... And 90% of poets on DA think poetry is merely Free Verse and that's it. It's really a shame I don't see ANYTHING else on the front page or in the galleries of the "big" ones. Alas...
cality Featured By Owner May 29, 2013  Hobbyist Writer
A very helpful list, thank you! I've not really tried any of these forms, but perhaps I will give some a go! :la:

Wikipedia. :dummy:
phoenixleo Featured By Owner Mar 9, 2013
I am already on a haiku backlog, now I see Epulaeryu :crying:

BeccaJS Featured By Owner Mar 10, 2013   Writer
Next month is napopwrimo so plenty of time ;)
phoenixleo Featured By Owner Mar 10, 2013
What's that? o_O National Pop Writing Month? o__O
So many :noes: This was my first time doing a wrimo. Even though I am late D:
I just finished upto eighth day one D:
At least, February has less days >_>
BeccaJS Featured By Owner Mar 12, 2013   Writer
Thats National Poetry Writing Month, where you write a poem every day in April :D
phoenixleo Featured By Owner Mar 12, 2013
Oooh. Any type of poem? :?
BeccaJS Featured By Owner Mar 12, 2013   Writer
yes, any kind :D
phoenixleo Featured By Owner Mar 12, 2013
That's awesome news! :w00t:
kersee9 Featured By Owner Mar 8, 2013  Professional Writer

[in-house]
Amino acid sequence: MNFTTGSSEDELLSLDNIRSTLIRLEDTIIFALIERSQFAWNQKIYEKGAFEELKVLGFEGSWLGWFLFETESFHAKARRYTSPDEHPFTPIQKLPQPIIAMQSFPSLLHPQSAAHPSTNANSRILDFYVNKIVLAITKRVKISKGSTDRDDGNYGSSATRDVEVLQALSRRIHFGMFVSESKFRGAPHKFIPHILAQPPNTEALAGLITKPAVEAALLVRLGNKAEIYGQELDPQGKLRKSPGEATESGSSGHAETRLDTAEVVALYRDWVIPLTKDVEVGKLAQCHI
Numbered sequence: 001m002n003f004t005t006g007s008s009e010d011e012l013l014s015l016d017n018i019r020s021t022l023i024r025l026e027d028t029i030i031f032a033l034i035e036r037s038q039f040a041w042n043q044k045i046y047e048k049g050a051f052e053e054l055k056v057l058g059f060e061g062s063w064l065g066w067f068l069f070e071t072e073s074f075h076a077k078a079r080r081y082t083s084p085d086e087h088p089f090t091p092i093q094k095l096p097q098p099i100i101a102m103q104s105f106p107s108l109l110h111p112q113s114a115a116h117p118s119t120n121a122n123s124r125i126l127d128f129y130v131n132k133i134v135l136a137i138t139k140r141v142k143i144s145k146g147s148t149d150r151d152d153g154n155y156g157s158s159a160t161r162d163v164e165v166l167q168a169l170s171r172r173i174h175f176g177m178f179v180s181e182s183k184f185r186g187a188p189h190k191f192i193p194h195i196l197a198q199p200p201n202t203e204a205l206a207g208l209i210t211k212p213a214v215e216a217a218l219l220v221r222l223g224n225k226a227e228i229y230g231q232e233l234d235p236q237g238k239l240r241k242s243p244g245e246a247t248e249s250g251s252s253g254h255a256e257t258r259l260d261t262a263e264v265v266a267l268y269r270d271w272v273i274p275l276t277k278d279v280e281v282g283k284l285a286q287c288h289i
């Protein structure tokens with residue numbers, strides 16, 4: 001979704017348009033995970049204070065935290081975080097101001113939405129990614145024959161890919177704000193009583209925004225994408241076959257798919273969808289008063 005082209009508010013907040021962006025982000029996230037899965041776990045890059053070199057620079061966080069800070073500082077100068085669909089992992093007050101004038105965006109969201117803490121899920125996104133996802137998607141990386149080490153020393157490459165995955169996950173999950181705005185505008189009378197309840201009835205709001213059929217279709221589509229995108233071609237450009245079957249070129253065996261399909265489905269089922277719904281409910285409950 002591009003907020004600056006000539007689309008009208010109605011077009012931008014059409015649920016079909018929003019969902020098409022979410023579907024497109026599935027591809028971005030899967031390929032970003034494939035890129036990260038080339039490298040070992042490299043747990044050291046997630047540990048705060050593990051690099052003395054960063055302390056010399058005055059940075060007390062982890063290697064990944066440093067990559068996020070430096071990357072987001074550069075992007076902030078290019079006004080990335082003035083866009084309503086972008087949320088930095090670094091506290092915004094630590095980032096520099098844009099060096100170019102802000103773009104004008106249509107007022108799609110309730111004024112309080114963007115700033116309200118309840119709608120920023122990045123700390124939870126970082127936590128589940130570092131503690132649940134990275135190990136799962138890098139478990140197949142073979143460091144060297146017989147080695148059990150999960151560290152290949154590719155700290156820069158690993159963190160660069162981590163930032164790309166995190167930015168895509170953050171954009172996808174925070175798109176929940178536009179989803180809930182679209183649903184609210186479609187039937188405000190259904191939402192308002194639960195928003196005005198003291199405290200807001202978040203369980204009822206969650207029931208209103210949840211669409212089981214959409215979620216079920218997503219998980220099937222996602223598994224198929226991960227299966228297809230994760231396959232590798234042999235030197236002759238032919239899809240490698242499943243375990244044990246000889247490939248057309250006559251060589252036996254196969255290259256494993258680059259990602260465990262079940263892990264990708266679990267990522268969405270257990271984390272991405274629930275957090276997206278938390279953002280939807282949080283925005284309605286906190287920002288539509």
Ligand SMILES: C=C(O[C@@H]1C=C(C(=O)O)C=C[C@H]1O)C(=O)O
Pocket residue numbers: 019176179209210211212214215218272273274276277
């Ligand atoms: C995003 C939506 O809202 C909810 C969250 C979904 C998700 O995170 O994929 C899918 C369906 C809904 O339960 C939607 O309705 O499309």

It's harder than you think: Brevette
BeccaJS Featured By Owner Mar 12, 2013   Writer
Haha I am glad you had a go! What made it so hard?
kersee9 Featured By Owner Mar 12, 2013  Professional Writer
I had some self-doubt and that it was a fairly strict form. I am usually all over the place. I'm definitely trying some of the stricter forms though, it will be good exercise for me. ;)
Daghrgenzeen Featured By Owner Mar 7, 2013  Hobbyist General Artist
I've tried Haiku, ABC and Acrostic, and Ballade, even Shakespearean Sonnet, and am planning to try as many others as just possible! I do like the Acrostic form and Haiku a lot so far. :D
Gonna make good use of this article, and the whole series. :heart:
BeccaJS Featured By Owner Mar 12, 2013   Writer
Fantastic feedback! There is also now a forms contest [link] which may be worth trying if you want to play with some new forms :D
Daghrgenzeen Featured By Owner Mar 12, 2013  Hobbyist General Artist
Yay! :la:
nutkitten Featured By Owner Mar 7, 2013  Professional Artisan Crafter
Learned some new things reading this section. I also loved the great sites I found following your links. Thank you Deviantart!
BeccaJS Featured By Owner Mar 12, 2013   Writer
There's some really informative sites about form poetry, which helped me a lot writing this!
Shuriken95 Featured By Owner Mar 6, 2013  Hobbyist Writer